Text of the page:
CAIRO: The Health Ministry and the WHO signed an agreement Sunday to launch a national awareness campaign to combat one of Egypt’s most prevalent diseases, Tuberculosis (TB).
The yearlong campaign aims to minimize the number of people suffering from TB, a common and sometimes fatal infectious disease caused by mycobacteria that attack the lungs or central nervous system.
The ministry and the World Health Organization (WHO) signed an agreement with Amr Khaled, chairman of the Right Start Foundation International, and Dr Hisham Omar, chairman of the Health Forums, marking the launch of the campaign.
The conference was also attended by Dr Essam El-Moghazy, chairman of the Health Ministry’s National Tuberculosis Control Program, and Dr Ahmed Abdel Razik, chairman of the WHO office in Egypt.
According to El-Moghazy, there are over 1 million Tuberculosis patients in the West Mediterranean area, which includes around 24 countries.
According to WHO reports, TB is the second most important public health problem in Egypt, after Bilharzia.
Under the agreement, Abdel Razik explained, the campaign aims to inform people about the disease and ways to deal with it.
Phase two of the campaign will involve engaging the community by informing citizens about treatment programs and preventive measures, Abdel Razik said. The final phase will work to eradicate the social stigma associated with the disease.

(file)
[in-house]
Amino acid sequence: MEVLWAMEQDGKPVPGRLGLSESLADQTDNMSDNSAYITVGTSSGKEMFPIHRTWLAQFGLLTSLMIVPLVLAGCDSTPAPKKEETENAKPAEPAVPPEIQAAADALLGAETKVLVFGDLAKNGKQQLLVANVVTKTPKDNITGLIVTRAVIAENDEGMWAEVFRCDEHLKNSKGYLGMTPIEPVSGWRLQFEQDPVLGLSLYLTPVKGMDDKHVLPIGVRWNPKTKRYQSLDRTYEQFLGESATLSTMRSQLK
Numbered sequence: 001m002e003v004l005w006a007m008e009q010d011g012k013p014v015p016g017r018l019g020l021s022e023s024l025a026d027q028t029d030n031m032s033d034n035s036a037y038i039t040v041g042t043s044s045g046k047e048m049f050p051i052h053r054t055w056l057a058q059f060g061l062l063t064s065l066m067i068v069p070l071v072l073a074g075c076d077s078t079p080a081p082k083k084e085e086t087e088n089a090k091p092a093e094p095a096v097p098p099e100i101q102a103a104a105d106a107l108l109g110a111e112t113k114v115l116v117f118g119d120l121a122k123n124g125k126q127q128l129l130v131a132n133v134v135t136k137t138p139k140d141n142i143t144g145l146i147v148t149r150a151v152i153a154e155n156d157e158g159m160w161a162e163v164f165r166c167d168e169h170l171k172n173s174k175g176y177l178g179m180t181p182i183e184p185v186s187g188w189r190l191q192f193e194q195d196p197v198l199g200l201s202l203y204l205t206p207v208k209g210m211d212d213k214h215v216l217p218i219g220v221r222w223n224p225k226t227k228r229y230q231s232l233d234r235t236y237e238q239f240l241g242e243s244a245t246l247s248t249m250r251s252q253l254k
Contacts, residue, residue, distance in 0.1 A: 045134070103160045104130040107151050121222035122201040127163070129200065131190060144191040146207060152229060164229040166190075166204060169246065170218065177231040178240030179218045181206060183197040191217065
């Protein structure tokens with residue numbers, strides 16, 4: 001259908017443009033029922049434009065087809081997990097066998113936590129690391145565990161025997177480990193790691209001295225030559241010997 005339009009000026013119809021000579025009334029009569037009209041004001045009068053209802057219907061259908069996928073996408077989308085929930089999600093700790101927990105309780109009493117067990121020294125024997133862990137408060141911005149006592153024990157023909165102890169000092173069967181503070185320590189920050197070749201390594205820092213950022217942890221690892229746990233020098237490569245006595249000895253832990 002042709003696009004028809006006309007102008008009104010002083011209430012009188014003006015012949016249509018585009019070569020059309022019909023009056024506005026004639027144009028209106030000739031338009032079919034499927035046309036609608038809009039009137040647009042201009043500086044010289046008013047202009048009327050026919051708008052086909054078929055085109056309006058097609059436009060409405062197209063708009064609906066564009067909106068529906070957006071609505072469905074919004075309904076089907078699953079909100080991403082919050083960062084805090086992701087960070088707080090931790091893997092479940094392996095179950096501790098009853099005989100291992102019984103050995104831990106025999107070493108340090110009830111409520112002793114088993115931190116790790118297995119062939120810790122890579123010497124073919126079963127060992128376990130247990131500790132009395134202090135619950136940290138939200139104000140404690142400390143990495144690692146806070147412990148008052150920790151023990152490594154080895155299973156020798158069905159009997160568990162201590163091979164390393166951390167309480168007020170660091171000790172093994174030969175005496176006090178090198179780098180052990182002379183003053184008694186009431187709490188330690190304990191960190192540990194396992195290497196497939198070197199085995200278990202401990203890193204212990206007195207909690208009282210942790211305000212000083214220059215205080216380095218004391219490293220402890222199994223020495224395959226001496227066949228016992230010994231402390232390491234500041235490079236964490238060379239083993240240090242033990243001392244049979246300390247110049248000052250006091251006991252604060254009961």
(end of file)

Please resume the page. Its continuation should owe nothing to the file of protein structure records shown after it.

Popular Muslim preacher Amr Khaled lauded the ministry’s as well as the WHO’s efforts in initiating the project, highlighting other projects that saw a government body partner with an NGO, such as the anti-drug and anti-smoking campaigns.
Such cooperation, he said, proves that the Ministry of Health is serious about tackling these problems and is keen on “engaging youth and the public in general to reach practical solutions.
“This campaign is a success even before it gets started, Khaled said, referring to the government’s initiative in “reaching out to the NGOs and the youth as “in itself a great success.
Omar underlined the importance of eradicating poverty and disease in order for Egypt to develop.
“I am positive that there are so many youngsters who would do anything to see this change take place in their country, he said.
Every year, the National Tuberculosis Control Program, which was established in 1979, receives more than 12,000 new TB patients. Based on the 0.32 percent annual risk of infection, it is estimated that 6,000 – 8,000 people develop TB annually.
On March 11, 2009, an event will be organized in Cairo to garner support for the cause, bringing together public figures such as actors, athletes and over 20,000 Egyptians active in NGOs. On March 11, 2009, an event will be organized in Cairo to garner support for the cause, bringing together public figures such as actors, athletes and over 20,000 Egyptians active in NGOs.